• Dubossarsky & Vinogradov, Painters of Russian Life
  • 2013-05-04T00:00:00+02:00
  • 2013-08-25T23:59:59+02:00
  • Retrospective of work by Russian artists Vladimir Dubossarsky (b. 1964) and Alexander Vinogradov (b. 1963). The event is part of Netherlands–Russia Year 2013.

Artists: Vladimir Dubossarsky, Alexander Vinogradov

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Kunsthal KAdE’s summer exhibition is a retrospective of work by Russian artists Vladimir Dubossarsky (b. 1964) and Alexander Vinogradov (b. 1963). The event is part of Netherlands–Russia Year 2013. Dubossarsky and Vinogradov began their partnership in 1994 and over the last 18 years they have produced a large joint oeuvre in a style that is a rich blend of Socialist Realism, Pop Art, Neo-Baroque and camp.

The artist duo’s first work was a portrait of their hero Picasso posing on the banks of the Moskva River with the Kremlin in the background. He is portrayed as if he were Lenin himself. At that period – in the mid-nineties – this was a tremendous artistic statement. It was a time when Gorbachev’s reform policy (Perestroika) was just getting under way and today’s relatively free and westernised Russia was still a distant dream. It seemed impossible then to use the language of Socialist Realism in an ironic way. The atmosphere in the professional art world was certainly against it. The avant-garde was firmly focused on a conceptual, performance-oriented approach; as Vladimir Dubossarsky says in an interview with ARTnews, “Art was either aggressive or depressive. We decided to create paradise.”

Painting as a medium of autonomous artistic expression was still suspect in the mid-nineties, because of its association with Stalinist Socialist Realist propaganda. The fact that Dubossarsky & Vinogradov took that kind of realism as the starting point for their painting style made their work still more controversial in artistic circles. Their ‘commercial’ attitude was also something new. In the end, however, the artist duo proved to have hit the contemporary zeitgeist bang on. The public responded to their fascination with the complex balancing act required to preserve indigenous Russian culture while at the same time embracing Western culture and the mass media.

Dubossarsky & Vinogradov’s pictures are hallucinatory: they combine brilliant colours, an entertaining style of painting, figures tumbling over each other, orgasmic scenes full of detail, explicit eroticism, allusions to the icons of popular culture, and huge panoramic multi-panel formats. In their enthusiasm to seduce the art public, Dubossarsky & Vinogradov display a Neo-Baroque attitude. They conjure up impressive tableaux bursting with apparent sunshine and beauty. In both style and content, they base their work on Social Realist painting, which was also imbued with optimism. The crucial difference is that Social Realist paintings were explicitly intended to serve as state propaganda and their ‘optimism’ had a bitter aftertaste at a time when (by the Stalinist era) the reality of Soviet life was so clearly brutal and dreary.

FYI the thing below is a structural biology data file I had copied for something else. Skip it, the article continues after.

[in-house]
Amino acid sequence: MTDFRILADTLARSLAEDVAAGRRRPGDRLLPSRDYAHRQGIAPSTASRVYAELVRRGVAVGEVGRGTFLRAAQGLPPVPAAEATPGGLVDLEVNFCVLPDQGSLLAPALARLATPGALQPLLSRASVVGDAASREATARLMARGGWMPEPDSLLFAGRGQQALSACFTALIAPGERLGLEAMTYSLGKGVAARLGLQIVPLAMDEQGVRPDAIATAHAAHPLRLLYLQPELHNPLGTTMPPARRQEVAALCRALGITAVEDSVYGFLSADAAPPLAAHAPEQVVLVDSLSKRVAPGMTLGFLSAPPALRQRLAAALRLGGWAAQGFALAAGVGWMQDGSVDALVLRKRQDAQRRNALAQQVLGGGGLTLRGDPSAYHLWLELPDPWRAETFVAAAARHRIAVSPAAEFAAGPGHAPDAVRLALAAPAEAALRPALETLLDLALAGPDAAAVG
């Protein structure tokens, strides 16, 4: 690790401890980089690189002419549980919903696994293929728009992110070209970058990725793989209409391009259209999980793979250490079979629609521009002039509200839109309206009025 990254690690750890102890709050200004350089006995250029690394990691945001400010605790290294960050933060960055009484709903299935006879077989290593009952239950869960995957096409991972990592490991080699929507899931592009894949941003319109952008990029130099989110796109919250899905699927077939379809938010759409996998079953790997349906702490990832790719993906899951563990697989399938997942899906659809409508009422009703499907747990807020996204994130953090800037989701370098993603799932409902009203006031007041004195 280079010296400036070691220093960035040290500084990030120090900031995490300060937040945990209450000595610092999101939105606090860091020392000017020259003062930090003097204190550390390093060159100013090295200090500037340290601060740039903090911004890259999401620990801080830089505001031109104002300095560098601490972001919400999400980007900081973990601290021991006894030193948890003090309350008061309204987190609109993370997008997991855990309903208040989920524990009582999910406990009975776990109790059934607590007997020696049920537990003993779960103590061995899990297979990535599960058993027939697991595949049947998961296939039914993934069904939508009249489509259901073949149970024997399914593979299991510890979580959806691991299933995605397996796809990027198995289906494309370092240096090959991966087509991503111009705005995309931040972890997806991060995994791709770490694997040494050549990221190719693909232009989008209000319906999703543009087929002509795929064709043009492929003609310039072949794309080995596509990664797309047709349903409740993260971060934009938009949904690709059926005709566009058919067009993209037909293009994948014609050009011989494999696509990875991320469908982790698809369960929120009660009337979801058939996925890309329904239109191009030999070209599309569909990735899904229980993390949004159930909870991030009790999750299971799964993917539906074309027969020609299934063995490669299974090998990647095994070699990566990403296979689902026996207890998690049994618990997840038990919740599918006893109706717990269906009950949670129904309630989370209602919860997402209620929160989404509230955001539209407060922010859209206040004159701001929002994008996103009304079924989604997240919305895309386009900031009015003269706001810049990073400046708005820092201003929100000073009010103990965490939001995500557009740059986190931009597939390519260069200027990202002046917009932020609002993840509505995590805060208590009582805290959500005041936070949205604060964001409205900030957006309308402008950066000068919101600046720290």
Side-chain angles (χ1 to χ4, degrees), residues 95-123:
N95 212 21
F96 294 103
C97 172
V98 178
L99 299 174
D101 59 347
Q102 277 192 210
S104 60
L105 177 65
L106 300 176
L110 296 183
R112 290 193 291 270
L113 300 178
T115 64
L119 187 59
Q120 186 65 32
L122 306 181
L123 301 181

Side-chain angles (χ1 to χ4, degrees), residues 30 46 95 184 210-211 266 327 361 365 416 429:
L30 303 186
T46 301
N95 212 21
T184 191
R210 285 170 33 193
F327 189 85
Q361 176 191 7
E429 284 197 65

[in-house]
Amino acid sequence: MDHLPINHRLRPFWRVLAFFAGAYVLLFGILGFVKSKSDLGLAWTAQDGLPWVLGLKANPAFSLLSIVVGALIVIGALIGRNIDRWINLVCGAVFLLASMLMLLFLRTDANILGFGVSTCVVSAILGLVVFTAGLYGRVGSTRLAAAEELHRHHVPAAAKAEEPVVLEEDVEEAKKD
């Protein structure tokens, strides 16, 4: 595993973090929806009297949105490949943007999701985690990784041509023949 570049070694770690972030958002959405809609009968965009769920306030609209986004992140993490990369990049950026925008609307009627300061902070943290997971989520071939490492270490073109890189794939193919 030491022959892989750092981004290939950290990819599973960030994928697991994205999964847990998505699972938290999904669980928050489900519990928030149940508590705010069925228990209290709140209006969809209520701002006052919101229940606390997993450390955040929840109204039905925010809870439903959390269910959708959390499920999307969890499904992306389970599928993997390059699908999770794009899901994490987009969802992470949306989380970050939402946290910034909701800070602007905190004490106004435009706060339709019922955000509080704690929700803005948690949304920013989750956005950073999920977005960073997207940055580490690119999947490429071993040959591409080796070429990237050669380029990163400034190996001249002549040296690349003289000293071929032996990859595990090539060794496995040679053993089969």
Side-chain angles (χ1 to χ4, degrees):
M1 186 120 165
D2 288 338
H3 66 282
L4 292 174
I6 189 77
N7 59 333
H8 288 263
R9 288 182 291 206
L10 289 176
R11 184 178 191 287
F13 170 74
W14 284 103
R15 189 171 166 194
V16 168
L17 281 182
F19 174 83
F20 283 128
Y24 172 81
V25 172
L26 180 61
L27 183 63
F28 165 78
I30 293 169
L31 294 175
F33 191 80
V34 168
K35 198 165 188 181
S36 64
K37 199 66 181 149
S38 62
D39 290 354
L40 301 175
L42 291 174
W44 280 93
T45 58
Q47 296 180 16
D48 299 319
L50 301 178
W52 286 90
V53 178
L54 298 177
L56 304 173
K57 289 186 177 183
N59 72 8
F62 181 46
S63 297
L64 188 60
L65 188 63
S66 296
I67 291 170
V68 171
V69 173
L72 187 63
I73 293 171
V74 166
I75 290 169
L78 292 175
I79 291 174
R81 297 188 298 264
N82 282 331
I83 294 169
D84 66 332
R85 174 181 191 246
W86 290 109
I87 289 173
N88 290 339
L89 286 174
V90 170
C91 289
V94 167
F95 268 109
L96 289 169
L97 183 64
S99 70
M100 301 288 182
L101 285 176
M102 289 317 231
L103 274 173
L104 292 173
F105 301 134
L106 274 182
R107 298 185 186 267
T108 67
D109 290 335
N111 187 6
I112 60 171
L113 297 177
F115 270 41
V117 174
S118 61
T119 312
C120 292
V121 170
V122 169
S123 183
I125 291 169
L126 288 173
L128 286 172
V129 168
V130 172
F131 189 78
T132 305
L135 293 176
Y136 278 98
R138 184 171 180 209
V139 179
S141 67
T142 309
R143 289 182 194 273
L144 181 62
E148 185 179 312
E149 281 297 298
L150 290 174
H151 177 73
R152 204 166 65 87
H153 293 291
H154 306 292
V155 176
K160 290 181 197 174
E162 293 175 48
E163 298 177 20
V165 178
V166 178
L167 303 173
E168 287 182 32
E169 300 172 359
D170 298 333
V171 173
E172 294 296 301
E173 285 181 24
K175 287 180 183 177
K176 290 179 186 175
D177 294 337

By contrast, Dubossarsky & Vinogradov’s ‘paradise’ is motivated by wishful thinking and the dream of escaping from the dismal reality of the Soviet era. Their work is strongly ironical. They mock the hedonistic materialism of today, which may seem so utopian, but also has its dark and destructive aspects and has taken on a life of its own within the world of Russia’s nouveaux riches. An American critic has called their work ‘a goofy, distinctively Russian satire of consumerist euphoria’.

In a recent series – ‘For Valour’ (2011) – Dubossarsky & Vinogradov are significantly more reflective and even nostalgic. ‘For Valour’ is a line-up of Soviet military veterans proudly posing with their medals. In this case, the allusion to Socialist Realism is lent an additional resonance by the fact that these Russians are real-life heroes (whereas those in Social Realist paintings were usually idealised). These are people who fought the Nazis to ensure the freedom of Russia. The fact that they were also the fighting force of the Stalinist Soviet Union gives the paintings an extra layer of moral complexity.

Dubossarsky & Vinogradov are distinctly Russian in their subject matter but, as artists, they stand in the tradition of figures like Andy Warhol, Jeff Koons and Takashi Murakami. They embrace outward appearances and reflect the hedonism of today, but the fact that they do so with a certain ironic edge gives their paintings additional complexity. Their work shows a variety of influences, both from Russian and Western art history and from the contemporary world. Socialist Realism is their chief starting point but their compositions are also influenced by Baroque and Neo-Baroque art (also popular within the Catholic Church). From Pop Art they derive their fascination with mass media images and motifs and from Post-Modernism the examples on which to base their artistic position. This cocktail of Russian and Western traditions and contemporary attitudes to life provides the substrate for their flourishing artistic practice. The two artists were ahead of their time in 1994 and can be seen in retrospect as exemplifying the evolution of contemporary Russia.

The exhibition at Kunsthal KAdE will include both earlier paintings and recent series like ‘For Valour’. A group of watercolours will also be on show.